Get me out of here: Dom Joly heads out on his first ever live tour

The comedian explains why it's time for him to stand up and be counted
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The Independent Culture

Five minutes, Dom..." The stage manager at the Pleasance Theatre in Islington pops his head round the door of my dressing room. Downstairs I can hear the first pumping notes of "Alsatian" by the White Rose Movement – the song I have chosen to come on stage to. I am hyper-adrenalised and my mind goes completely blank. What story did I decide to begin the show with? I walk like a condemned man down a corridor that is plastered in old posters of great comics who have performed here. This is to be my third solo "live" gig ever. The more I think, the more everything slips out of my mind until I'm left empty-headed, standing behind a curtain, waiting for the song to finish and the intro voice-over to kick in. "LAAAADIES and GEEENTLMEN... PLEASE WELCOME DOMMMMM JOLLYYY". Suddenly I'm walking out on stage, momentarily blinded by the light and just praying that my brain will suddenly kick-start into action...

Because I'm known as a TV comedian, people are always surprised when they discover that I have never done stand-up or live work. Actually, that's not strictly true; I have been part of one live gig, at Wembley Arena. I was on the bill for the Secret Policeman's Ball with Eddie Izzard, Harry Enfield and Paul Whitehouse. You can't imagine how out of place I felt as I sat in the communal dressing room trying to look like I belonged. Having no stand-up routine to perform, I opted for a curious "experimental" piece. I roped in Jonathan Ross to play the part of Matthew Kelly in Stars in Their Eyes as I announced to a perplexed audience that "tonight Matthew, I'm going to be Black Box", before disappearing into a wall of smoke and reappearing dancing around in a huge... black box. I managed to shout "Hello Wembley" and that was it – the sum total of my live work over the last ten years.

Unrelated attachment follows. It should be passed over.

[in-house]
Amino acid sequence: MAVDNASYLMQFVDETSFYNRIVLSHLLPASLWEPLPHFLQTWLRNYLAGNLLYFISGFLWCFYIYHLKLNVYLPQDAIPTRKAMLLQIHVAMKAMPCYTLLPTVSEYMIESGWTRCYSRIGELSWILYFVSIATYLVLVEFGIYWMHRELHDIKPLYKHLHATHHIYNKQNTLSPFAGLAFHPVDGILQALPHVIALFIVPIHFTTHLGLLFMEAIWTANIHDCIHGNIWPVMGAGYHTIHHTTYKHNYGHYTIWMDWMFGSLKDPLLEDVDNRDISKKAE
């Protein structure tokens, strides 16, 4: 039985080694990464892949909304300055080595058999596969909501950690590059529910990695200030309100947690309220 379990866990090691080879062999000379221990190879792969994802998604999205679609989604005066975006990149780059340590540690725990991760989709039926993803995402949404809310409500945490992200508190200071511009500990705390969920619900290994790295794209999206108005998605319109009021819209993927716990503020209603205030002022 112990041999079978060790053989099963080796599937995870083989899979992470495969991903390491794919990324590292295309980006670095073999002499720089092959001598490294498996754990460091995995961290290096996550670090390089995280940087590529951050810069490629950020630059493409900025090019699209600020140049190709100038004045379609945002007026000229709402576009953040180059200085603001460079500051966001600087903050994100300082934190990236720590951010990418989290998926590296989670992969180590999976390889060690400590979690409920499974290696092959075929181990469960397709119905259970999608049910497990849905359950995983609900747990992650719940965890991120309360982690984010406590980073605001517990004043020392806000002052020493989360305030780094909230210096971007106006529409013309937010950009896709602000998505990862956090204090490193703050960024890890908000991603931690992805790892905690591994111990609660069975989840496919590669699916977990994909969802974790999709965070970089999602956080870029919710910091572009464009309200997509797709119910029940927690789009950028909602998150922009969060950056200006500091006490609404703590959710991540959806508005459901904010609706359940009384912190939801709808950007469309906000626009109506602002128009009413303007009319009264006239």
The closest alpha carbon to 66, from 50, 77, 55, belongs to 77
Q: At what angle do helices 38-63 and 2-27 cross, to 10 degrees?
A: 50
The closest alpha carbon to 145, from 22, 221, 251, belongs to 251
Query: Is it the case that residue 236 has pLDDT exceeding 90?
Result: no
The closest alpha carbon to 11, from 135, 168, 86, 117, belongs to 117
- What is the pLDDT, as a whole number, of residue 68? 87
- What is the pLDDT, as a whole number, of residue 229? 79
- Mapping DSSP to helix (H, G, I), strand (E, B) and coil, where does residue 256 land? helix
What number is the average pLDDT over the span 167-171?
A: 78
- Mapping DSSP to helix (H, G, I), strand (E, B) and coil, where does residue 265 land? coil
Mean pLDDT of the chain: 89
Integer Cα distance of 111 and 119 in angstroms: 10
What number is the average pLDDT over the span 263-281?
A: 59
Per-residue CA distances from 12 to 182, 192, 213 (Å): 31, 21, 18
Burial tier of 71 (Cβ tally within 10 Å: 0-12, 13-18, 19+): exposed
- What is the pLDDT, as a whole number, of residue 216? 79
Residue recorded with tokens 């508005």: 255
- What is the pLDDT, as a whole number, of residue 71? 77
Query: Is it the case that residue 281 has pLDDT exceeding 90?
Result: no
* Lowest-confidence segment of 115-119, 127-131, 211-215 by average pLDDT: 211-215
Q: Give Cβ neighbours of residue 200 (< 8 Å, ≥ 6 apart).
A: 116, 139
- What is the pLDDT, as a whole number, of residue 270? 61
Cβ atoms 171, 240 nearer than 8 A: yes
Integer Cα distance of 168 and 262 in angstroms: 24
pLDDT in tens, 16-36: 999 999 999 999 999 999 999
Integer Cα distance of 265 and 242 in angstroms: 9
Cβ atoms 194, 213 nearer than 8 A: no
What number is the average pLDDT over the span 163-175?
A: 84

Then, last year I wrote a book, The Dark Tourist, about my weird travels around the world. I was asked to go to several literary festivals to promote it. The done thing seemed to be to turn up and just read from it. This seemed very dull and I eventually decided to jazz things up by showing slides from my travels while telling stories. Despite the idea of a man showing you his holiday snaps being most people's idea of hell, it went down really well and I started to think about the possibility of taking this onto a far bigger level. I've had the weirdest ten years since Trigger Happy TV made me famous. I've filmed all over the world, become a paparazzo, hung out in warzones, dipped my toe into reality TV... and I have the photos and clips to prove it. So I decided to try and put it all together and make a show. This I did and the die was cast. Dates started to become booked, posters printed and suddenly it was a reality – a 70-night tour of the UK and three months of driving round the country, live on stage every night.